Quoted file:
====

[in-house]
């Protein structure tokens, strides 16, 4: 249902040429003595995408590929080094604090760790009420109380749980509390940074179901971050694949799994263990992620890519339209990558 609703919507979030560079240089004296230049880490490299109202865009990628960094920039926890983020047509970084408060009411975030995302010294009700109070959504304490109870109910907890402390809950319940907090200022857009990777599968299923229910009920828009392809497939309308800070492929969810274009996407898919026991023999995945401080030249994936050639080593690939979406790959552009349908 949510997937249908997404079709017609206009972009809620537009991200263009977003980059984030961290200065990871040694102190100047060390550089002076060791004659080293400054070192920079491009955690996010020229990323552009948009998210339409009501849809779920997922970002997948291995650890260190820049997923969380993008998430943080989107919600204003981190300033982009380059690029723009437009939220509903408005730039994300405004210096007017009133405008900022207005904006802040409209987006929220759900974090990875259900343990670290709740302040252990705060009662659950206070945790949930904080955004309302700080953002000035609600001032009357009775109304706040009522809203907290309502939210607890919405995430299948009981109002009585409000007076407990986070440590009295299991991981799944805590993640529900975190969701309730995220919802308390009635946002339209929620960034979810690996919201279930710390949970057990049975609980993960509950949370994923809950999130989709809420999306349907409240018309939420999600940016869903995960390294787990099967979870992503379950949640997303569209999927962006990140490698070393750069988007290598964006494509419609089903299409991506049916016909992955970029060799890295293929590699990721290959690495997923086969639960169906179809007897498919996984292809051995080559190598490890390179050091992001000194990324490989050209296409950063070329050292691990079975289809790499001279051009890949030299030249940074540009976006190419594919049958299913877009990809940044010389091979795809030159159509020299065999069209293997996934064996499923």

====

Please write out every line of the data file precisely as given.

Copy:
[in-house]
């Protein structure tokens, strides 16, 4: 249902040429003595995408590929080094604090760790009420109380749980509390940074179901971050694949799994263990992620890519339209990558 609703919507979030560079240089004296230049880490490299109202865009990628960094920039926890983020047509970084408060009411975030995302010294009700109070959504304490109870109910907890402390809950319940907090200022857009990777599968299923229910009920828009392809497939309308800070492929969810274009996407898919026991023999995945401080030249994936050639080593690939979406790959552009349908 949510997937249908997404079709017609206009972009809620537009991200263009977003980059984030961290200065990871040694102190100047060390550089002076060791004659080293400054070192920079491009955690996010020229990323552009948009998210339409009501849809779920997922970002997948291995650890260190820049997923969380993008998430943080989107919600204003981190300033982009380059690029723009437009939220509903408005730039994300405004210096007017009133405008900022207005904006802040409209987006929220759900974090990875259900343990670290709740302040252990705060009662659950206070945790949930904080955004309302700080953002000035609600001032009357009775109304706040009522809203907290309502939210607890919405995430299948009981109002009585409000007076407990986070440590009295299991991981799944805590993640529900975190969701309730995220919802308390009635946002339209929620960034979810690996919201279930710390949970057990049975609980993960509950949370994923809950999130989709809420999306349907409240018309939420999600940016869903995960390294787990099967979870992503379950949640997303569209999927962006990140490698070393750069988007290598964006494509419609089903299409991506049916016909992955970029060799890295293929590699990721290959690495997923086969639960169906179809007897498919996984292809051995080559190598490890390179050091992001000194990324490989050209296409950063070329050292691990079975289809790499001279051009890949030299030249940074540009976006190419594919049958299913877009990809940044010389091979795809030159159509020299065999069209293997996934064996499923």